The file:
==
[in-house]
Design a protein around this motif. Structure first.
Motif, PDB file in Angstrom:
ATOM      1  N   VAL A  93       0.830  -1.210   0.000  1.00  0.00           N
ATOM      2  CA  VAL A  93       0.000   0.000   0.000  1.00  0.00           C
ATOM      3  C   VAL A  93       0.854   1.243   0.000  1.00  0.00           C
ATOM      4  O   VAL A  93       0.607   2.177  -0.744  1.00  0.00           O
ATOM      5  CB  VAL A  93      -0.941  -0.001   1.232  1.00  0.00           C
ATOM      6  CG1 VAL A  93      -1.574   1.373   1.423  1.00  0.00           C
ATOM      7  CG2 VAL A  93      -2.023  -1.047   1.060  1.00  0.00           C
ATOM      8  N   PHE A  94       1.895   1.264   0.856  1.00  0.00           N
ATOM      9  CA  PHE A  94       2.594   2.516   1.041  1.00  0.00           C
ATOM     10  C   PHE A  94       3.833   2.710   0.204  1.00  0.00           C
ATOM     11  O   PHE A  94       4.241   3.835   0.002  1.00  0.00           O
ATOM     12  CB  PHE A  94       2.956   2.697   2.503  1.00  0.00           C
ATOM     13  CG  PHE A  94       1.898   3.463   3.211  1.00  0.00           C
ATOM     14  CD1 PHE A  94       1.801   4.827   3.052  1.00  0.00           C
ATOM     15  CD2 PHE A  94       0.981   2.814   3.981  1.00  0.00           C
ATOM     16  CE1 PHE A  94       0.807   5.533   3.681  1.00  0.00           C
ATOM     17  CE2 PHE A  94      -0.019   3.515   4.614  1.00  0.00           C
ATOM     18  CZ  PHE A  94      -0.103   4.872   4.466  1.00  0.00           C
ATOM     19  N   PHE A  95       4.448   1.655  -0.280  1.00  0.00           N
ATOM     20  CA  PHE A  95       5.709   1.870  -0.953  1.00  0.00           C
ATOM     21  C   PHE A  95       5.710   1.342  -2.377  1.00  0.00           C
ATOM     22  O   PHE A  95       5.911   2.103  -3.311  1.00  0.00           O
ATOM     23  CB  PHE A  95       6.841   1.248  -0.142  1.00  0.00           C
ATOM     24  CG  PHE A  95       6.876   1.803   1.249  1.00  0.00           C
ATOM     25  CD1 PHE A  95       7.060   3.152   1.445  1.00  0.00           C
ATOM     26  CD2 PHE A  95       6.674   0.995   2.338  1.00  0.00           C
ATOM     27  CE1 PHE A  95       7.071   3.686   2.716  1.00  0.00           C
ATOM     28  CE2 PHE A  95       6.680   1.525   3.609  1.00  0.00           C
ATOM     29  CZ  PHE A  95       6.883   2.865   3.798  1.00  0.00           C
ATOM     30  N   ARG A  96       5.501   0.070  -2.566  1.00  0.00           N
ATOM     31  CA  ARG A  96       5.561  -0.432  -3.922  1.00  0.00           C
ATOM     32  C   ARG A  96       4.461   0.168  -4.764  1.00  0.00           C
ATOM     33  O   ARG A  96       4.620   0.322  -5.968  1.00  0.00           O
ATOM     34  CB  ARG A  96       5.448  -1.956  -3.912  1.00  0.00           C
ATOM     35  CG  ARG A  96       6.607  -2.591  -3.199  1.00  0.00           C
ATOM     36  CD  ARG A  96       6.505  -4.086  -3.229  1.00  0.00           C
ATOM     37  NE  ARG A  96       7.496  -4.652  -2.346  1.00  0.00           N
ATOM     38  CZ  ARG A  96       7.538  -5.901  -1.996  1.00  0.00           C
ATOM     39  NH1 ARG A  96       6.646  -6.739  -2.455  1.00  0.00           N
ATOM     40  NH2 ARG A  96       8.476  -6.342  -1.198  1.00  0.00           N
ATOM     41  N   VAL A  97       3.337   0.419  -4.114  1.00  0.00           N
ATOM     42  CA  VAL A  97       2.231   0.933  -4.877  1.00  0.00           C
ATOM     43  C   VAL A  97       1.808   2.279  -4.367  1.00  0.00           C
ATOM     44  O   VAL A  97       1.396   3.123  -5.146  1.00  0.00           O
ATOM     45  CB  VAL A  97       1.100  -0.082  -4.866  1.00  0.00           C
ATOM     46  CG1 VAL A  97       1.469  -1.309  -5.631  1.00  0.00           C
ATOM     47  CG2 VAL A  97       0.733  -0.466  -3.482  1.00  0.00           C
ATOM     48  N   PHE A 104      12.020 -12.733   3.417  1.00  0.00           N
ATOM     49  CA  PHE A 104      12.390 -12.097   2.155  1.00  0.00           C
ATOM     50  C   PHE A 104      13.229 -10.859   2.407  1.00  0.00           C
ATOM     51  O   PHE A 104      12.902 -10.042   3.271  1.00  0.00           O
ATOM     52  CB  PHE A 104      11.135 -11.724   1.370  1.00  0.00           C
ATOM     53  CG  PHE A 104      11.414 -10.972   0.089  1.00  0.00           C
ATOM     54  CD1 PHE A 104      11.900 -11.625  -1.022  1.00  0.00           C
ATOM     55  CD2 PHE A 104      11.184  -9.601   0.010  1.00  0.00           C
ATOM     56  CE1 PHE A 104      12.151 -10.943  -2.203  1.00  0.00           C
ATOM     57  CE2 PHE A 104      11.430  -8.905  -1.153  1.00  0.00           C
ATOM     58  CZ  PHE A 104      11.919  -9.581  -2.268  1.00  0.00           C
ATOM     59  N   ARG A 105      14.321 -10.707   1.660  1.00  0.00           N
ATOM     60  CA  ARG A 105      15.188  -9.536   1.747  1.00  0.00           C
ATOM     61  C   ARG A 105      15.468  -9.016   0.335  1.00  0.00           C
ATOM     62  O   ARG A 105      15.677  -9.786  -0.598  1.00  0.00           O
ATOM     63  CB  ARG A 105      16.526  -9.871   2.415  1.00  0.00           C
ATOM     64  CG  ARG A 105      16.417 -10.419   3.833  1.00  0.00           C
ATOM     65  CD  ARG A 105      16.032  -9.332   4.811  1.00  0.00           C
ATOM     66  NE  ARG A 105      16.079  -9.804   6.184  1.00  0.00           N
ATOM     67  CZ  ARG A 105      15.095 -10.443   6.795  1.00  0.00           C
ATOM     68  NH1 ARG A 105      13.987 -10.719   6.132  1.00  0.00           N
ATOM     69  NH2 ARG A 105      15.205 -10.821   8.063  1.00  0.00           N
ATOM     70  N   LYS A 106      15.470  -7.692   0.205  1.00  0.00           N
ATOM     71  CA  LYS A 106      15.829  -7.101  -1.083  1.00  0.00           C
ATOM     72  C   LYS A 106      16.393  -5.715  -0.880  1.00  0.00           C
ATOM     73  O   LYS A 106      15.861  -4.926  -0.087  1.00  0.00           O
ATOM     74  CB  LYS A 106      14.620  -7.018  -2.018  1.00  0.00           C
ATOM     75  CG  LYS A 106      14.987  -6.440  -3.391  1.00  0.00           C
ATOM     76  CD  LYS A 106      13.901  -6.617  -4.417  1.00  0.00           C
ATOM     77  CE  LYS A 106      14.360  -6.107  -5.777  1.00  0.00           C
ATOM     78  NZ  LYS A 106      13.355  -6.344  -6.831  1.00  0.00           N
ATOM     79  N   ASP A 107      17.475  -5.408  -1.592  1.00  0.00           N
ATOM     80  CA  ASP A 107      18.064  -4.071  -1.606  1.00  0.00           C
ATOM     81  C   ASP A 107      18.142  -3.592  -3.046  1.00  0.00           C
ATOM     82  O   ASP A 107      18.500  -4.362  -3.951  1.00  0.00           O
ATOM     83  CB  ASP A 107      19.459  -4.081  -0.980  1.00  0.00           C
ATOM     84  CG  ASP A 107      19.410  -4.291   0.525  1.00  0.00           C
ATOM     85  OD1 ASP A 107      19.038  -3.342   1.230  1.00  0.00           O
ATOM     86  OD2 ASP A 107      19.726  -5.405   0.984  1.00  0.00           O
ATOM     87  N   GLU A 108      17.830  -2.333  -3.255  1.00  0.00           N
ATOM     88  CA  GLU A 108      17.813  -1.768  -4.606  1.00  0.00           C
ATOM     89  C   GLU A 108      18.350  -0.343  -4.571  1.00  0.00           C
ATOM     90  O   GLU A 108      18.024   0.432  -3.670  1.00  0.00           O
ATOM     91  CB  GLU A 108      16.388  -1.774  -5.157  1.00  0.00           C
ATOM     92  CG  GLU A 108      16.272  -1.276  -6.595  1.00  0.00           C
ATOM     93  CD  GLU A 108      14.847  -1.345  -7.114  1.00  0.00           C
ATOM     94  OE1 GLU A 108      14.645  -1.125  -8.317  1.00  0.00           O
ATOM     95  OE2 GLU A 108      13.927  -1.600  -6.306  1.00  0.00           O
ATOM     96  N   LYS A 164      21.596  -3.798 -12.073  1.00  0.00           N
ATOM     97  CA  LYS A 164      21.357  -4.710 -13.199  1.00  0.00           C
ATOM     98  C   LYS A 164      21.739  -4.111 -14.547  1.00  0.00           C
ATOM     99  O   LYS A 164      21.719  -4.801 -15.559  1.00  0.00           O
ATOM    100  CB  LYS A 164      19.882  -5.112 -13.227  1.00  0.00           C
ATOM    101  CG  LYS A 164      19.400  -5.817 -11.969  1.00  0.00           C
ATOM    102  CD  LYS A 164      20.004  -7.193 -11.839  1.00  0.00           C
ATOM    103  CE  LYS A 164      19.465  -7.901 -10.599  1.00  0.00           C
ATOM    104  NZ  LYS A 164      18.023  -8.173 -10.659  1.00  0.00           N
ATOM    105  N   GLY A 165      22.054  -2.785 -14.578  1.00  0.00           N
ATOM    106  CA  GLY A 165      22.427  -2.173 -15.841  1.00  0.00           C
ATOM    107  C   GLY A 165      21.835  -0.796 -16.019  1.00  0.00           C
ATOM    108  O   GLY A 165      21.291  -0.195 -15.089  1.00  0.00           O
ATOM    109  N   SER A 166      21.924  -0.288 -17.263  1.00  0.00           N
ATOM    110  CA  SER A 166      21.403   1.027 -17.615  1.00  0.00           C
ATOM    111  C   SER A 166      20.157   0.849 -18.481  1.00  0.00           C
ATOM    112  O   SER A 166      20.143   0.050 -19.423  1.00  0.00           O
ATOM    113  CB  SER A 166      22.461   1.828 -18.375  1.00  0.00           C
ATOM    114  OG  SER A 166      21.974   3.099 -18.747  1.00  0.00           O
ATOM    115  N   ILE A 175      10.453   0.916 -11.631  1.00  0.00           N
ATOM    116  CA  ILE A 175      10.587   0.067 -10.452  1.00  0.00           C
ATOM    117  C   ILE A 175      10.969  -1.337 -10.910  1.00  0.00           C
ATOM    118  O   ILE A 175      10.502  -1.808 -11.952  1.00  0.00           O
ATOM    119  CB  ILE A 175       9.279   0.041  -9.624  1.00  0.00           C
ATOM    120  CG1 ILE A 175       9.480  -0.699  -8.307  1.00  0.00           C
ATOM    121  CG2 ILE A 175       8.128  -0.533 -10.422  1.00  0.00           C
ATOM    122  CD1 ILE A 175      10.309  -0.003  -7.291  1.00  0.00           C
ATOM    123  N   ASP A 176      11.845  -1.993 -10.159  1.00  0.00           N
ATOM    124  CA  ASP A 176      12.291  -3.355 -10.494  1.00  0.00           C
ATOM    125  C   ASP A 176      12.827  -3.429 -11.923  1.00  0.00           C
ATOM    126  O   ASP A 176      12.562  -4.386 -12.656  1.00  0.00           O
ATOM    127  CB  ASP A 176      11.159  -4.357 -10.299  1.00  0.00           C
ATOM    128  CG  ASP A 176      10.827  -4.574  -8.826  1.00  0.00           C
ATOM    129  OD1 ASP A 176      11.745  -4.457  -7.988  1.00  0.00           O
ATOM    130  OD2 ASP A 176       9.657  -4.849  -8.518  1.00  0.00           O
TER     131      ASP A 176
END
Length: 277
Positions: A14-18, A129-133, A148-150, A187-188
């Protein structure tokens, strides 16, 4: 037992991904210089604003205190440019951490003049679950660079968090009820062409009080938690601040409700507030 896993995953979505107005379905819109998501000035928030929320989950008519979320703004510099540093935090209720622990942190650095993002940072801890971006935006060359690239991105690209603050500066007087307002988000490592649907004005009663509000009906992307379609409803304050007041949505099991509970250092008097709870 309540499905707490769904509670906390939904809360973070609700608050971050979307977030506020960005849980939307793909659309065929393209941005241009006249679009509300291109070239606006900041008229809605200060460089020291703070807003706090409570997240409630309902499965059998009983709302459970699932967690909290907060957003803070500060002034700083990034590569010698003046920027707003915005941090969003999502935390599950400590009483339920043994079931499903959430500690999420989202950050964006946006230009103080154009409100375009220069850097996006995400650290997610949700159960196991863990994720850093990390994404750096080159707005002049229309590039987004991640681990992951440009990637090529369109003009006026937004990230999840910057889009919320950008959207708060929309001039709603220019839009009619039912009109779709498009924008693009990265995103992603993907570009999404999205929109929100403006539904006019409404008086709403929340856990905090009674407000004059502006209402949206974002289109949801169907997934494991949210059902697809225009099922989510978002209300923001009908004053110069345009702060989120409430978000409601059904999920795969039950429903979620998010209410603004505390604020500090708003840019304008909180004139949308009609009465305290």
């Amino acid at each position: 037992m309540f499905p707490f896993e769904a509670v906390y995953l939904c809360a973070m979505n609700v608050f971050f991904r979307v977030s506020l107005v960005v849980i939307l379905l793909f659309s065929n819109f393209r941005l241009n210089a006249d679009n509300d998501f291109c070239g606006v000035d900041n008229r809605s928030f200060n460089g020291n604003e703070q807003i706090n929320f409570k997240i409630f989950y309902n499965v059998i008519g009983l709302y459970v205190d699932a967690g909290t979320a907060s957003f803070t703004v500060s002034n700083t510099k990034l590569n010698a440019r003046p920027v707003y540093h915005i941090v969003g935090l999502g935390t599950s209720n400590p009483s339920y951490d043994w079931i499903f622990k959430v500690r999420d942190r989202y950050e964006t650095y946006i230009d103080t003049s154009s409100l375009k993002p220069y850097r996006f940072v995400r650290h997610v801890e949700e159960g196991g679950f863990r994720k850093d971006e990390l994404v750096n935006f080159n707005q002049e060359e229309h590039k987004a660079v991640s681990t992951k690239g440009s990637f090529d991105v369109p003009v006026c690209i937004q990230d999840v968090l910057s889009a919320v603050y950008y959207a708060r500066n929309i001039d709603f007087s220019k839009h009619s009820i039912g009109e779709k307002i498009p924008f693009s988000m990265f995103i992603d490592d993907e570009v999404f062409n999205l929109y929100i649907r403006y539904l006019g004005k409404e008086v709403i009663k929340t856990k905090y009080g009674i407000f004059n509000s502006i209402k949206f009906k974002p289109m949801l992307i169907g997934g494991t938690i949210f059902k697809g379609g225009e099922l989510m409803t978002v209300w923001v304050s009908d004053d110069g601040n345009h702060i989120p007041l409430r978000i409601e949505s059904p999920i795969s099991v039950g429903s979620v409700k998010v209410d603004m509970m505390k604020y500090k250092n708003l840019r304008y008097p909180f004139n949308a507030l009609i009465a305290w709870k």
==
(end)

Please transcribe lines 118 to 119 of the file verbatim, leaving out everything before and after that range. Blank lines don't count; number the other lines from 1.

ATOM    115  N   ILE A 175      10.453   0.916 -11.631  1.00  0.00           N
ATOM    116  CA  ILE A 175      10.587   0.067 -10.452  1.00  0.00           C